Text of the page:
I’ve spent the past two days at Finovate Europe in London, which must be one of the more thought-provoking ways anyone in digital financial services can spend two days.

Here’s my perspective on the lessons from the event for digital financial services executives:

  • More people are focusing on the small business opportunity. There were far more companies proposing to help small businesses manage their finances this year, in numerous ways from access to capital through to document storage and expense management. I was particularly impressed by the work that Efigence and Idea Bank have done to help Idea Bank’s small business customers manage their finances.
  • Automated financial advice for mainstream customers is edging closer. For years, Forrester has talked to its clients about the huge opportunity, and pressing need, for financial firms to use software to automate the production of financial advice. A growing number of firms are trying to solve this problem from one angle or another, including Money On Toast, Vaamo, Your Wealth and Yseop. Perhaps the best quotation of the event came from Elizabeth Farabee at Yseop: “A banker doesn’t sell the customer the best product, but the product he knows best.” Automating the manufacture of advice can fix that.
  • Customer-advisor collaboration is receiving more attention. As we wrote in our research on Next-Generation Digital Financial Services, financial firms not only need to become smarter about manufacturing financial advice, they need to improve how they deliver it. Firms like Atsora, Backbase, Kofax, The Moneyer and Your Wealth are all trying to make that process easier with technologies that support what Forrester calls Collaborative Advice. In small business, firms like eFigence, Idea Bank and Topicus Finan are addressing the same challenge.
  • There’s a revolution coming in marketing, but I’m not sure everyone sees it yet. Future generations will look back in wonder at the idea that marketing was ever done without data about customers’ interests and intentions. Transactional data is a potential gold mine. Treasure it and make the most of it if you have it. Meniga showed some of the potential in banks’ data.
  • There’s still plenty of opportunity to improve the sales process. The most immediate revenue-generating opportunity for digital financial teams probably lies in applying innovations to simplify the sales process for customers and increase conversion rates. Firms like Avoka, Backbase, Kofax and Yseop are all making smart use of technology to simplify the sales process for customers and boost sales.
  • Mobile image capture is something we will soon take for granted. There’s a clear opportunity to use mobile image capture to prepopulate data and improve a wide variety of process, as demonstrated by companies like Backbase, Jumio, PhotoPay and Soon. Perhaps my favourite is the way Kofax uses a device’s camera to match a customer’s face to photographic identification.
  • Social data is the next weapon in the fraud arms race. Several firms are using social data to verify that customers on digital touchpoints are who they say they are.
  • Mobile image capture is not the solution to the cheque problem. Mobile payments are the solution to the cheque problem.
  • Insurance remains notable by its absence. I continue to be surprised by the relatively small number of insurance companies that attend Finovate, and the few exhibitors focused on insurance. Many of the innovations apply to insurance just as much as banking and wealth management.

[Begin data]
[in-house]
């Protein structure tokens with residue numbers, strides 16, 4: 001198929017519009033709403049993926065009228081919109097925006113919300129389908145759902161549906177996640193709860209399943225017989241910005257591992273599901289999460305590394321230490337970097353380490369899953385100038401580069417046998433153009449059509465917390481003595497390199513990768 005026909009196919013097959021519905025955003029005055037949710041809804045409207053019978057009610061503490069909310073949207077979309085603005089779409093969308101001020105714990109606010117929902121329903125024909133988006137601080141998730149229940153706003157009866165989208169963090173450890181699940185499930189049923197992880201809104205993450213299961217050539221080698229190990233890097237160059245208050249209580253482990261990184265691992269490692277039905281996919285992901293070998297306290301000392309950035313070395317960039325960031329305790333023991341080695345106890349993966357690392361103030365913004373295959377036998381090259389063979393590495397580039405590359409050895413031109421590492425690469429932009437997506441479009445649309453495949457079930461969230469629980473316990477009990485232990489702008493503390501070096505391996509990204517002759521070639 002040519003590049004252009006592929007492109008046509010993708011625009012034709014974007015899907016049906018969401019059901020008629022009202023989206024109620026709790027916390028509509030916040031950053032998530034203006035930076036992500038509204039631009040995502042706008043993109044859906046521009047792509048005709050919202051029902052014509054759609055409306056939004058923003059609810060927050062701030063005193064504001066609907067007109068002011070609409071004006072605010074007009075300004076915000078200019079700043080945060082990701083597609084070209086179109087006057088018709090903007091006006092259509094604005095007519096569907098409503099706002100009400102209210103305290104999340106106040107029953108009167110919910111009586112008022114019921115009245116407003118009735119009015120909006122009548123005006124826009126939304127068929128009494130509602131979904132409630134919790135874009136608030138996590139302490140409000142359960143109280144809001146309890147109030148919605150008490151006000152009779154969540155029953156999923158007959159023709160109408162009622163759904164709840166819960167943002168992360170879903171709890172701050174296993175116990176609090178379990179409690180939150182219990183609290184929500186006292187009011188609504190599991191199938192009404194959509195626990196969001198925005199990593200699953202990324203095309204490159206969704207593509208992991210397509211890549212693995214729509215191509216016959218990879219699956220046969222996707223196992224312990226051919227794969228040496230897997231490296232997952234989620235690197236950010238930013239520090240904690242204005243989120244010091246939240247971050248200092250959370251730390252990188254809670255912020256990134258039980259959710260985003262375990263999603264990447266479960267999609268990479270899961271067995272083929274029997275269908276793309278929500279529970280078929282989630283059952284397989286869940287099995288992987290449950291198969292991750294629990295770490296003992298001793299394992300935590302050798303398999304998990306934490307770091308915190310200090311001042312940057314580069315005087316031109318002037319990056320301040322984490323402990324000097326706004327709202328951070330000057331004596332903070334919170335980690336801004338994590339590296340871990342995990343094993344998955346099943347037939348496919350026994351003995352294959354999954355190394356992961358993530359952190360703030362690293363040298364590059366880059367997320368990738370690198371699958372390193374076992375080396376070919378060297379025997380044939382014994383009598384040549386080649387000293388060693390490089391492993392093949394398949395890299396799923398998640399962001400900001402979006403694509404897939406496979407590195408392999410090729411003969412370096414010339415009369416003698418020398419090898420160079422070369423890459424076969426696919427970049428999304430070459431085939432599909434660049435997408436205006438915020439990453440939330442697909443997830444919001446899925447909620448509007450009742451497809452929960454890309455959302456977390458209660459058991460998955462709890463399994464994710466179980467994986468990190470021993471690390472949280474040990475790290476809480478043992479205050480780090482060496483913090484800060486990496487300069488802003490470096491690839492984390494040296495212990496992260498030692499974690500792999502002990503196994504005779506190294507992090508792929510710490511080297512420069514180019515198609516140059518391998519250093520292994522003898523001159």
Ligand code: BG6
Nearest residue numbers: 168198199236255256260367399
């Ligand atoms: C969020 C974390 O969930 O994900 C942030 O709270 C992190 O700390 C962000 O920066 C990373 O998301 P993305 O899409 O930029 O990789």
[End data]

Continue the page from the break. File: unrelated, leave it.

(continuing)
• It’s remarkable how well software can write. Firms like Yseop and Excess Return showed just how effectively software programs can now convert complex data into clear language. That’s great news for mass producing financial advice or investment recommendations. It’s a little disconcerting for people who make their living from writing (like me).
  • Behavioural biometrics is brilliantly simple. BehavioSec uses distinguishing behaviour, like how hard or fast we type, to provide a kind of digital fingerprint and combines that with artificial intelligence to spot and prevent identity fraud. BehavioSec’s results are impressive.
  • Bitcoin is in; NFC is out. Several firms brought Bitcoin-related innovations. NFC was mostly mentioned in the context of why something else was better.
  • The attendees are as interesting as the exhibitors. It’s always interesting not only to talk to other attendees and see old friends, but also to see which firms are and aren’t there. Innovative firms like Barclays (and Barclaycard), BNP Paribas, La Caixa, Garanti and Rabobank were there in force. Other big firms sent no one at all. Perhaps it doesn’t matter — gathering ideas is the easy part; executing them is the hard bit — but I know which firms I would bet on.
  • Putting a former model in skimpy clothes on stage will divide your audience along predictable lines.
  • It’s odd that we still use business cards. Perhaps there’s something about the ceremony of exchanging them.
  • ‘Marketing fairy’ is a great job title. Marketing should be about making dreams come true. 

Congratulations to Backbase, BehavioSec, Dynamics, Etronika, IND / Misys, Luxoft, Tink, Toshl and Your Wealth for winning best of show.

Thank you again to Jim Bruene, Eric Mattson, Greg Palmer and the team at Finovate for putting on another great show.


Here’s my simplistic grouping of what the exhibitors presented. As always there’s a mix of direct-to-consumer brands and companies offering their technologies to established firms:

Treasury management: Temenos

Small business (SME) banking:

Bank credit management: CRIF, Nostrum Group and Topicus Finan.

Digital banking platforms: Backbase, Etronika, Fiserv, Fiserv, Five Degrees, IND (now part of Misys) and NF Innova.

Retail banking and payments:

Investing and wealth management:

Security, authentication and fraud prevention:

Innovation tools: Innovation Agency and Matchi.biz.